And, i want to emphasize again that chosing community is up to you, and that there will always be many bad ones. You can not change morale of anonymous community (such as Internet) via raising its publicity - polite members do not do it anyways, and impolite ones will only get more active.
MrPenguin wrote:... (I used to play StarCraft II - I'd played original SC for years - but gave up as I was fed up with constantly having to block/report players for being pointlessly abusive d**kheads, especially to new players. The game seems to actively encourage idiocy in its players)...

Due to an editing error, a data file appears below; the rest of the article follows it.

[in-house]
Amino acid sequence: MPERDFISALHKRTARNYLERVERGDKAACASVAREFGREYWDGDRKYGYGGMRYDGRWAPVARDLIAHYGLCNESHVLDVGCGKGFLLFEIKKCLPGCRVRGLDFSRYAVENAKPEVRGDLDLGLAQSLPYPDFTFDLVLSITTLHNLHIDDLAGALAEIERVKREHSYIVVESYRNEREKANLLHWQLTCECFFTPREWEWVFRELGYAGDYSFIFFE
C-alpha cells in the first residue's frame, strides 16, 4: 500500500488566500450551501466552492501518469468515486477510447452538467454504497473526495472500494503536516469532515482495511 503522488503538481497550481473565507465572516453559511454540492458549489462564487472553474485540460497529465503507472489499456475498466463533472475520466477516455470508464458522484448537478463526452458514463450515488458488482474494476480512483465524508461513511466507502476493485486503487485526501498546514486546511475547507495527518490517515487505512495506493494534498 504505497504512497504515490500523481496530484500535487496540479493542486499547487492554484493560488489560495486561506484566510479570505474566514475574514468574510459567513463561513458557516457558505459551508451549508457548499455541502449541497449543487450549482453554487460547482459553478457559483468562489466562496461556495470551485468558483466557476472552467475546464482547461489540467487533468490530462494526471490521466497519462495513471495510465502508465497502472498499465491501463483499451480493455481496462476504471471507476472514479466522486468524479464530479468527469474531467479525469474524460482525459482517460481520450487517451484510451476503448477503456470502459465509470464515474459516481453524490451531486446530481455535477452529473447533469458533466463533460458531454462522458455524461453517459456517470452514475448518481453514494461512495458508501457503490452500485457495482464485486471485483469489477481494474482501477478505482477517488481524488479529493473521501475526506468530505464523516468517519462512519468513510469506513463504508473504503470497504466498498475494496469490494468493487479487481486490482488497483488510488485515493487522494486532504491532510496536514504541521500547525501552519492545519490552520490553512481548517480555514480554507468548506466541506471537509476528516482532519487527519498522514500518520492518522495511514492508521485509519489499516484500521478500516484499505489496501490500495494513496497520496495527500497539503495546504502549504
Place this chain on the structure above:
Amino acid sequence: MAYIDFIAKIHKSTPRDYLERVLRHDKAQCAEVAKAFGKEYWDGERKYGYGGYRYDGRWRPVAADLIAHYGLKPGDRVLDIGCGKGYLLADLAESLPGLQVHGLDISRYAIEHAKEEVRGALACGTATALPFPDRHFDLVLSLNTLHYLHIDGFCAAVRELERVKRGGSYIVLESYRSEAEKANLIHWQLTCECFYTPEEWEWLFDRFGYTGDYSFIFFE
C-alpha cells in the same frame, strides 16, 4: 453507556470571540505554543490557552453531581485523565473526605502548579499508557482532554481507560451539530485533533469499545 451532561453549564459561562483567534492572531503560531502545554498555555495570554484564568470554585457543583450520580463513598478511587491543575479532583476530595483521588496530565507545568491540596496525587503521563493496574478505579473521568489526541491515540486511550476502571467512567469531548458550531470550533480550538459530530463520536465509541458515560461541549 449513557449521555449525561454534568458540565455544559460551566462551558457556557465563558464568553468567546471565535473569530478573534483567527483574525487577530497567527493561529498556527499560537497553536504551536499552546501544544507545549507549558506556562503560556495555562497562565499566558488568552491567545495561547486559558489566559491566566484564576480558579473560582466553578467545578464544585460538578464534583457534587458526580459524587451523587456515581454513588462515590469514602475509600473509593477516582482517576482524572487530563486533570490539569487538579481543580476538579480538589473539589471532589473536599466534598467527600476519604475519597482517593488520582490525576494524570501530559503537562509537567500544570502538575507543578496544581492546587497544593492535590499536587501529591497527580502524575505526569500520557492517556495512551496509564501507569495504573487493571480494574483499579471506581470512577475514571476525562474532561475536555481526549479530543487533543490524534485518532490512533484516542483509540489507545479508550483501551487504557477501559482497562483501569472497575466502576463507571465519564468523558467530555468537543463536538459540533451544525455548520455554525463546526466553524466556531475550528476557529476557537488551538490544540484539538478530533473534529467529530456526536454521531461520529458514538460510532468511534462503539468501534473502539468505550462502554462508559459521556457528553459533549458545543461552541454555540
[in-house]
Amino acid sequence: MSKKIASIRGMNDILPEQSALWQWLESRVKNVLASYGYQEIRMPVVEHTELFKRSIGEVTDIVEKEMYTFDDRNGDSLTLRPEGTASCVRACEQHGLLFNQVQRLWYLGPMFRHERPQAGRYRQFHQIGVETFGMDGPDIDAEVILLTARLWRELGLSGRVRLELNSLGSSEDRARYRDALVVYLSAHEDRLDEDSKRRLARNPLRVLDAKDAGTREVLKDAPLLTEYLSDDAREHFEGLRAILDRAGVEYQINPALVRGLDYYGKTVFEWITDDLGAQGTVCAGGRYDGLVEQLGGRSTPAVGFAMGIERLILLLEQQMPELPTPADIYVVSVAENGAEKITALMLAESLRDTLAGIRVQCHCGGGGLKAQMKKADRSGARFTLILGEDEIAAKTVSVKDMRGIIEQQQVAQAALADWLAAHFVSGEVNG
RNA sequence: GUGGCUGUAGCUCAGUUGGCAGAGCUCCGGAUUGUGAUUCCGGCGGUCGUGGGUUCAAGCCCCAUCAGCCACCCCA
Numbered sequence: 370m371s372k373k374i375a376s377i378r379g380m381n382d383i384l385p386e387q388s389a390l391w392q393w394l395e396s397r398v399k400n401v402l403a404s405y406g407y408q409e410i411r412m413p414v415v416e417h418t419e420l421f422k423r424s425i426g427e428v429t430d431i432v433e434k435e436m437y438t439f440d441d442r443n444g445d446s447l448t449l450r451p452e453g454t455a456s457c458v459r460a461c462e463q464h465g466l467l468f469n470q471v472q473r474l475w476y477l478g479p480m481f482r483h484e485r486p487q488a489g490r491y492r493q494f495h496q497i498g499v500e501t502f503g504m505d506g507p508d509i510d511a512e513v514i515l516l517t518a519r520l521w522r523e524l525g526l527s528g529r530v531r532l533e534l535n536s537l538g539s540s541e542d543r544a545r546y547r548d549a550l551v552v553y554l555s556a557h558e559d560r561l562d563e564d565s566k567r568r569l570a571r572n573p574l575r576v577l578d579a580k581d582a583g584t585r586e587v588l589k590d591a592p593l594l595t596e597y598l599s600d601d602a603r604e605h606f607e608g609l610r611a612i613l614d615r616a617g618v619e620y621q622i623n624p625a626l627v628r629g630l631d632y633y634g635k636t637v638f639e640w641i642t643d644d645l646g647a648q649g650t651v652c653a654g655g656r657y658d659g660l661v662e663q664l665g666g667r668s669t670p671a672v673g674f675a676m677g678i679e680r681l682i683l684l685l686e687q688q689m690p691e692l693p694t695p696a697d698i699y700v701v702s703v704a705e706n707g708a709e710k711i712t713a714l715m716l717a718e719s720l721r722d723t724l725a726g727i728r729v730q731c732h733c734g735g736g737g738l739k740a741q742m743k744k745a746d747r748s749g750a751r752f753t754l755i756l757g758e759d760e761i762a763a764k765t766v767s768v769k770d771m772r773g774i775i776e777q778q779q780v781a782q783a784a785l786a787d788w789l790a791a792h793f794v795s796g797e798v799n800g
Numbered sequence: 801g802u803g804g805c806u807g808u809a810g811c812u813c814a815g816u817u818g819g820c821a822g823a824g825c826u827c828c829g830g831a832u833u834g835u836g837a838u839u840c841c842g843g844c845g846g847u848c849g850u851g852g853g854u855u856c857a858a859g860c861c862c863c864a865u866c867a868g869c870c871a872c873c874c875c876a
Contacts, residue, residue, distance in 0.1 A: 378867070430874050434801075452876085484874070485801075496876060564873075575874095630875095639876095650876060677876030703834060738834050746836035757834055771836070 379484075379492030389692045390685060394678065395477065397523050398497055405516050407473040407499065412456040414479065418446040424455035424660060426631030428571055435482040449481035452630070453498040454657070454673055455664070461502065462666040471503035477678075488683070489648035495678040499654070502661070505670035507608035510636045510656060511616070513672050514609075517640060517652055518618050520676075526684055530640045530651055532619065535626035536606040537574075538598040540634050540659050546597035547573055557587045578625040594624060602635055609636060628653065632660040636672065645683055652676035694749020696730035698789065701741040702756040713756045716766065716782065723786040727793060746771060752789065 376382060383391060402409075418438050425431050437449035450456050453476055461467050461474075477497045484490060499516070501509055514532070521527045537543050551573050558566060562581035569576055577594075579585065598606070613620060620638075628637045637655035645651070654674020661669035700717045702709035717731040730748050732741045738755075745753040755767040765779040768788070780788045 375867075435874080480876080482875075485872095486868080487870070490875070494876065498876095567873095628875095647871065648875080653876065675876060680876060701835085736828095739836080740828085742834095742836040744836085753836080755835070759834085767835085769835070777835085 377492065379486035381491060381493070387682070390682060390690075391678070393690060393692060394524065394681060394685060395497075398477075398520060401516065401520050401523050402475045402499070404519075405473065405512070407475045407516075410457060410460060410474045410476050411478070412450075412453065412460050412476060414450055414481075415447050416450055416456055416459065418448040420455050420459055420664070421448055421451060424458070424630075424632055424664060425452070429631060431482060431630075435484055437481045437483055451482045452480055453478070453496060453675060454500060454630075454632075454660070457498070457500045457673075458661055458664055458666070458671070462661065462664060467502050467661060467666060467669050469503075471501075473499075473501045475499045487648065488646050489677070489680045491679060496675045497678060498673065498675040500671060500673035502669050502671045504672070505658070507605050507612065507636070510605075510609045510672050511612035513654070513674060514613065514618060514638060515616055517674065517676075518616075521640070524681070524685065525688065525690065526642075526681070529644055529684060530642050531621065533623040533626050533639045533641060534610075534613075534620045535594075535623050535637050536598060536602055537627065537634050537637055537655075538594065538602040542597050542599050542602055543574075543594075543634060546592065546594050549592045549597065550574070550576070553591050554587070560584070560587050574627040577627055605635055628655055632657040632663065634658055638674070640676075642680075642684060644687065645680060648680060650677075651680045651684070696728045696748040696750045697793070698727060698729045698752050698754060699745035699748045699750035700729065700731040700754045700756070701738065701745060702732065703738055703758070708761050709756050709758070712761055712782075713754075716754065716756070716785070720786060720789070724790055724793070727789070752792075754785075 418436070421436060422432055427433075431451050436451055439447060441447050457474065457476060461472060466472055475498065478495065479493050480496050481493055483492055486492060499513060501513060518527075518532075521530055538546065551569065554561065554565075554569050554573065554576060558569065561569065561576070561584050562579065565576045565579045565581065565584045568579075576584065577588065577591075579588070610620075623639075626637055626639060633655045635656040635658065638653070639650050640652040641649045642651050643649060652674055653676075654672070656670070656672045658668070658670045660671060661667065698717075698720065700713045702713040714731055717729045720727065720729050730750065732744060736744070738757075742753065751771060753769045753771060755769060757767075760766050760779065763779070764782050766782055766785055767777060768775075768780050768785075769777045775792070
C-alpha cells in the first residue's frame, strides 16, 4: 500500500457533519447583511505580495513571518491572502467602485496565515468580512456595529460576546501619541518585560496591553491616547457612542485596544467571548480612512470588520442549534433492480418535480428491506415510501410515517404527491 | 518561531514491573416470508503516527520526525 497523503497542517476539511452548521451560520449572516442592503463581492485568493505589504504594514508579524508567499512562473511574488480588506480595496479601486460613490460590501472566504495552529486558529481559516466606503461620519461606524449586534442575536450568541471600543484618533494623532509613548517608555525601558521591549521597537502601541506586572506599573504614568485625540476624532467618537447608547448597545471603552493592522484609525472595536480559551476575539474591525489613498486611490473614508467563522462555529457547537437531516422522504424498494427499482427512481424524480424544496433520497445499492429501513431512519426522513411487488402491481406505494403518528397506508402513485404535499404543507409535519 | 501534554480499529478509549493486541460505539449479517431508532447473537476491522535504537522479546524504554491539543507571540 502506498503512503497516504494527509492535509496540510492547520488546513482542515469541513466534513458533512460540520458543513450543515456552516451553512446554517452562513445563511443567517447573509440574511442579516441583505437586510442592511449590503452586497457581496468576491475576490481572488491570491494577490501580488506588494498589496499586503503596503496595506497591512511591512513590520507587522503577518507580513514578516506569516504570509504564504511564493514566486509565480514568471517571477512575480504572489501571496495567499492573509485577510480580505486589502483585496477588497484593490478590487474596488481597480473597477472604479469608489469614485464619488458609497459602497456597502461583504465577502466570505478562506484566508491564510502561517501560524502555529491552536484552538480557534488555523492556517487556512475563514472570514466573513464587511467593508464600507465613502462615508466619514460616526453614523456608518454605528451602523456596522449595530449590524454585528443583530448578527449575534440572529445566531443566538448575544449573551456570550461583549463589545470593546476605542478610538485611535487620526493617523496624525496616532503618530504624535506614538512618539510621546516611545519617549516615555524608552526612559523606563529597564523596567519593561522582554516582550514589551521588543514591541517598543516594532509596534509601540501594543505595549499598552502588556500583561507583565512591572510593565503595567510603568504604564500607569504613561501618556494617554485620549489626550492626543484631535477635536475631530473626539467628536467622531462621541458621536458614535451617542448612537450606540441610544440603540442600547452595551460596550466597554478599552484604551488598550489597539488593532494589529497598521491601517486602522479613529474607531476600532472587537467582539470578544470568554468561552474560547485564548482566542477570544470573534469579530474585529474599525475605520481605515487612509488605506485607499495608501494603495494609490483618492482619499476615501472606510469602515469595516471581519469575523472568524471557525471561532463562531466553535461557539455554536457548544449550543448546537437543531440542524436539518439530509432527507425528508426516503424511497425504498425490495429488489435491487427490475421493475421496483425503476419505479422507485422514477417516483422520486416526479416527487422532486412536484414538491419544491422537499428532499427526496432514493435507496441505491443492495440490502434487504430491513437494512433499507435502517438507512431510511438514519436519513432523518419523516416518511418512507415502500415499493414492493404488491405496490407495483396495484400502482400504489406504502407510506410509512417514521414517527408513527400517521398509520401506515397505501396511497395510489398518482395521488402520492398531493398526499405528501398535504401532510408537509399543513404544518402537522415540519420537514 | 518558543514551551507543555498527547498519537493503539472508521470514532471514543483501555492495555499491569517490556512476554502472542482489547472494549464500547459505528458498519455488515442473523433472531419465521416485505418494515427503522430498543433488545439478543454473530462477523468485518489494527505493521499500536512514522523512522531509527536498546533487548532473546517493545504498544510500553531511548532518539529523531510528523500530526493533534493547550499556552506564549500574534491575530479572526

I personally play SC2 now, and I only blocked a couple of them in last several years - blocking persistent ones is pretty easy (kudos to developers for easy ignore system) and, taking into account SC2 specific of forced random matches, chances to meet them again is pretty low.